When I ask a surfer-dude a.p./p.a. if he can help me recover the bag that I left behind at the airport, I am told, "Bummer, man, there's nothing we can do! None of us have cars!" I am a Disney captive.
After my grueling flight, I left my check-through bag at the airport. The next morning the airline delivered my bag to me at the hotel. It was then that I discovered that I had failed to pack any underpants. I ended up purchasing a three-pack of Calvin Klein jockey briefs, at a horribly inflated price, in the lobby of the CRH.
June 15 The "talent" is herded onto Disney buses and shuttled to the soundstage. The rehearsal is nine hours of monotony, broken up only by a visit from the man himself-- Ed McMahon. He arrives midway through the day wearing no socks, his child bride at his side and slightly behind. He greets the talent, thanks us all and quickly disappears. I will see him once more, only briefly, at the taping the next day.
Quite possibly a ten-year-old Britney Spears was among the "talent" on the shuttle that day. She was a contestant on the show in its final season.
June 16 We are once again shuttled to the studio, where we go through makeup, wardrobe. We are offered coffee, juice, bagels and fattening pastries.
In an attempt to resolve a wardrobe crisis (I left my shoes back at the barracks), I commandeer the only phone available to the "talent." While on hold, I am confronted by an a.p. (p.a.?) who has a "spokesmodel" in tow and the spokesmodel also desires to use the phone. I tell him that I'll only be a minute. He is insistent. He tells me that if I don't hang up, he'll "rip the phone out of the wall." Apparently the spokesmodel has a wardrobe crisis of her own, but "lacks the ability to speak effectively."
A staple of my onstage wardrobe was a pair of bright yellow Vans. (I actually managed to persuade the company to send me a pair.) I told them that I would be appearing on some television shows and that they should send me some more shoes. In return, I'd wear them on TV. I had made arrangements for Vans to send them to the CRH. By the morning of taping day, however, the shoes had not arrived. I called the lobby to see if they had shown up. They put me on hold. That's when I was set upon by our violent a.p.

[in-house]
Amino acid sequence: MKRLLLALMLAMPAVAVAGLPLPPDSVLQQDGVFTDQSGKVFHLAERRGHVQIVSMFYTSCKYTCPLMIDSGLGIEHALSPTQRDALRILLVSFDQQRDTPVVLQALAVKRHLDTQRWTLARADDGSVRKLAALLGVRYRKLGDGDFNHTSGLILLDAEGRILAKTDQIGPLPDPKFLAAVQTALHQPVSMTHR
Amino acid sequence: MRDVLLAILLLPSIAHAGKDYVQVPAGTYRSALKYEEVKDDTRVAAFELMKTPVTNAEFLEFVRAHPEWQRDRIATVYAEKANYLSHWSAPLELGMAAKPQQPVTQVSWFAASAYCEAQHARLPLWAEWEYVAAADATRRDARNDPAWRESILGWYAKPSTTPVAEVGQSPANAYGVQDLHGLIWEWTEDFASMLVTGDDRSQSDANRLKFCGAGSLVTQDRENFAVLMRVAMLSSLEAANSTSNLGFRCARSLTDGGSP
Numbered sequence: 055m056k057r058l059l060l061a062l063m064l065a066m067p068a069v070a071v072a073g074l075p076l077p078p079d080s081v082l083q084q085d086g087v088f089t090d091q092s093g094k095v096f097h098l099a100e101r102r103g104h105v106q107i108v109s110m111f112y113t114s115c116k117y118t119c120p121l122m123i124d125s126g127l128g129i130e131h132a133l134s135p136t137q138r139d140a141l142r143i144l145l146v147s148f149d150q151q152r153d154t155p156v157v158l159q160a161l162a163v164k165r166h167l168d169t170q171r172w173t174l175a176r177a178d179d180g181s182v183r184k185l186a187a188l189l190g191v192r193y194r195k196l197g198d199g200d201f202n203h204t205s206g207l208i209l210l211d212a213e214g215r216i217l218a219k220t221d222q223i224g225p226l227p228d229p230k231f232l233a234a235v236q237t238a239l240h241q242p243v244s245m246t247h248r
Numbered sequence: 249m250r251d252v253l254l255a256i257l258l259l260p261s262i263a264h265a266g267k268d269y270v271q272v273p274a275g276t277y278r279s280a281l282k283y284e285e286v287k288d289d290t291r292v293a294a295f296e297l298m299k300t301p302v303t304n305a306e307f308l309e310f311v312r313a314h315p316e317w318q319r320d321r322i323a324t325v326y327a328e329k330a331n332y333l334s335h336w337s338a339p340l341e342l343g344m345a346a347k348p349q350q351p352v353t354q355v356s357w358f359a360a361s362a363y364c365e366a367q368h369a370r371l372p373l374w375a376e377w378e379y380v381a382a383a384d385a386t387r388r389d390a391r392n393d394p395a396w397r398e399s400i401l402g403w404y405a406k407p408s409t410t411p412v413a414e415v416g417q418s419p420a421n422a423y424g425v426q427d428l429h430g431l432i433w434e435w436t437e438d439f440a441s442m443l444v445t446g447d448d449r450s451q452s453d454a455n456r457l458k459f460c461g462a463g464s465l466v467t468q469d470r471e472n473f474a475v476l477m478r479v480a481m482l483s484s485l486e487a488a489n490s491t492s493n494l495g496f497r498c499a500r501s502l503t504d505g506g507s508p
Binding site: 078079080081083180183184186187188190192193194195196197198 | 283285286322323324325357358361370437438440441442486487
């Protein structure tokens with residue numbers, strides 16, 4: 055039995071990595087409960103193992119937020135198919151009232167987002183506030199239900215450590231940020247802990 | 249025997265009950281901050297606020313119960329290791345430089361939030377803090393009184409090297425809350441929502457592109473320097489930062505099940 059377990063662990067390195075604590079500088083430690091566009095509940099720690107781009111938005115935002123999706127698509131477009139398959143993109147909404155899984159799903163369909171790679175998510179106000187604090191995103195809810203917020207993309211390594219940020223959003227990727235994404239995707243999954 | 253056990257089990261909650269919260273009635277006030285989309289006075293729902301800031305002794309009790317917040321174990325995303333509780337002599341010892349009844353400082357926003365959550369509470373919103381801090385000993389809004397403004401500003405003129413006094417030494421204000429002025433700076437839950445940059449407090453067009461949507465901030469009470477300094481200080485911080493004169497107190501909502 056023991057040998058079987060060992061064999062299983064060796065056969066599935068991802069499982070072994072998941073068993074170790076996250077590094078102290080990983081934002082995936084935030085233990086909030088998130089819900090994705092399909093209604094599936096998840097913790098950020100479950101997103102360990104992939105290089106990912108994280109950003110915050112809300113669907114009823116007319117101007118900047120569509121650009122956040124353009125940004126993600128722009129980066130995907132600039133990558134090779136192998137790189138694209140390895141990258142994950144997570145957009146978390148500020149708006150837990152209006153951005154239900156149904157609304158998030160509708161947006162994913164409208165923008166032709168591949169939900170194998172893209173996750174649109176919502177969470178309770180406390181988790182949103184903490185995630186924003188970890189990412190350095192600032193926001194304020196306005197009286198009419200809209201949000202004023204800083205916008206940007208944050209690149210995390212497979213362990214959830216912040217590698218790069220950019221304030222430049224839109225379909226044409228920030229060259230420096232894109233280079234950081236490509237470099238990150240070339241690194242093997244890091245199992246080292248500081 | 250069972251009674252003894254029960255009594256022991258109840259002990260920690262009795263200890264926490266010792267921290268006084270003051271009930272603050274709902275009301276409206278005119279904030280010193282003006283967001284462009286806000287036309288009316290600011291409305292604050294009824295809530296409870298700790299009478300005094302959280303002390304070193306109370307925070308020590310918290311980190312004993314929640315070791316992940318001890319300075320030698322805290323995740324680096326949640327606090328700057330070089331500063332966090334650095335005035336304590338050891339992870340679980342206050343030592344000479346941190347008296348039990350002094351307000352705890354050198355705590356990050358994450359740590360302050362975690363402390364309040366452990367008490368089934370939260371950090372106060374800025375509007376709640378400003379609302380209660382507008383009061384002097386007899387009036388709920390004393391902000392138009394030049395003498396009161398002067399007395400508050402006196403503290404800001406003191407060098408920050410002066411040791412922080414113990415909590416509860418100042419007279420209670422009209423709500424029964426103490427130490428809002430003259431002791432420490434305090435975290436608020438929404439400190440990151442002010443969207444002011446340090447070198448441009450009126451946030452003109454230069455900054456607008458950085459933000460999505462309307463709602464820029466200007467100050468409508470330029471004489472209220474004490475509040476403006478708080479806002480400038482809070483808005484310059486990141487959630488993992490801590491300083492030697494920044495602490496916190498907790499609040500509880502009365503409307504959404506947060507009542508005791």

Minutes before taping begins, my "challenger" and I are "placed" backstage. Ed arrives. I can get no closer to him than eight or nine feet. He strolls onto the stage to wild, prompted applause.
During the previous day's rehearsal, the floor director decreed that me, my challenger, a Vancouver native by the name of Herb Dixon, and a third comic (the European Star Search comedy champ, a British chap who plays the cello) briefly "run through" our sets to time them and to ensure that there was no objectionable material. While reviewing each set, he insisted that the other two acts be sequestered out of earshot, so as to eliminate the possibility that we might steal the other comics' material. Herb and I thought this was ludicrous, but we went along with the gag. It was believed that while Herb and I were standing out in the parking lot during our sequestration, we'd review our acts and make sure that there was no overlap in material. We instead chose to talk about the weather. This would prove to be a fatal error on my part.
Approximately 14 minutes later, I receive three stars across the board; my challenger receives four fours. The judges are obscure coreographers or agents from Central Florida or ex-MTV Veejays. English is the first language for at least one of them. Because I lost, I never do get to shake hands with Ed.
It was determined that Herb would go first. The crowd was poor,
innocent MGM-Disney Studios customers who were herded into the theater
to see "a real-live TV show being taped!" They were one
of the worst crowds, comedy-wise, I'd ever seen.
Less than 90 seconds after I lose, I am directed down a ramp to a table where the Walt Disney Travel Company people are set up with a laptop and a modem. Two minutes later, my airplane ticket has been "adjusted" and I am instructed to check out of my room at the Contemporary Resort Hotel and be in the lobby the next morning at least two hours before my flight is scheduled to depart.
Weeks of anticipation, dreams of $100,000 and fame and fortune--
all over with in a matter of 142 seconds. I eventually strongarm
an a.p. to take me back to the CRH, even though I have express orders
that we are to remain at the MGM Studios soundstage through the taping.